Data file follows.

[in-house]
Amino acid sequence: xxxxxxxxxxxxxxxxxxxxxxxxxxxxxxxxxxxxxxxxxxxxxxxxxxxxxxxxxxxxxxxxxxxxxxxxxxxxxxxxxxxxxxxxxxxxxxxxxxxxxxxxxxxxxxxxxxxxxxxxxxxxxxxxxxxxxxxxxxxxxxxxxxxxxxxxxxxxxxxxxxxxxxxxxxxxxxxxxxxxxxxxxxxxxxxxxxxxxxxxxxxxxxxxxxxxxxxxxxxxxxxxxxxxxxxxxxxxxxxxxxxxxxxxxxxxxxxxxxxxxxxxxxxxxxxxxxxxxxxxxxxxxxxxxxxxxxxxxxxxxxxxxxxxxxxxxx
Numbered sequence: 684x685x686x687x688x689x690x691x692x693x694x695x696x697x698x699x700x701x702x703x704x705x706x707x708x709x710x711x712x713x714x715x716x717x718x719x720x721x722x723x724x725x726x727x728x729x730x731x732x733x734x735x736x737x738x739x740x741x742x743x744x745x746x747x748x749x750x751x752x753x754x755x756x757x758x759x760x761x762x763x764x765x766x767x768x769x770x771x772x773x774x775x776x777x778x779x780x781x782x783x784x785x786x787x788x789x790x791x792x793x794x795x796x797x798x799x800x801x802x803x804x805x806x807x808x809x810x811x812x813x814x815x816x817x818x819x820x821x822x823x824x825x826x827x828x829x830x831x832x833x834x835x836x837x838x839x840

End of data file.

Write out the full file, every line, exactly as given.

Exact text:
[in-house]
Amino acid sequence: xxxxxxxxxxxxxxxxxxxxxxxxxxxxxxxxxxxxxxxxxxxxxxxxxxxxxxxxxxxxxxxxxxxxxxxxxxxxxxxxxxxxxxxxxxxxxxxxxxxxxxxxxxxxxxxxxxxxxxxxxxxxxxxxxxxxxxxxxxxxxxxxxxxxxxxxxxxxxxxxxxxxxxxxxxxxxxxxxxxxxxxxxxxxxxxxxxxxxxxxxxxxxxxxxxxxxxxxxxxxxxxxxxxxxxxxxxxxxxxxxxxxxxxxxxxxxxxxxxxxxxxxxxxxxxxxxxxxxxxxxxxxxxxxxxxxxxxxxxxxxxxxxxxxxxxxxx
Numbered sequence: 684x685x686x687x688x689x690x691x692x693x694x695x696x697x698x699x700x701x702x703x704x705x706x707x708x709x710x711x712x713x714x715x716x717x718x719x720x721x722x723x724x725x726x727x728x729x730x731x732x733x734x735x736x737x738x739x740x741x742x743x744x745x746x747x748x749x750x751x752x753x754x755x756x757x758x759x760x761x762x763x764x765x766x767x768x769x770x771x772x773x774x775x776x777x778x779x780x781x782x783x784x785x786x787x788x789x790x791x792x793x794x795x796x797x798x799x800x801x802x803x804x805x806x807x808x809x810x811x812x813x814x815x816x817x818x819x820x821x822x823x824x825x826x827x828x829x830x831x832x833x834x835x836x837x838x839x840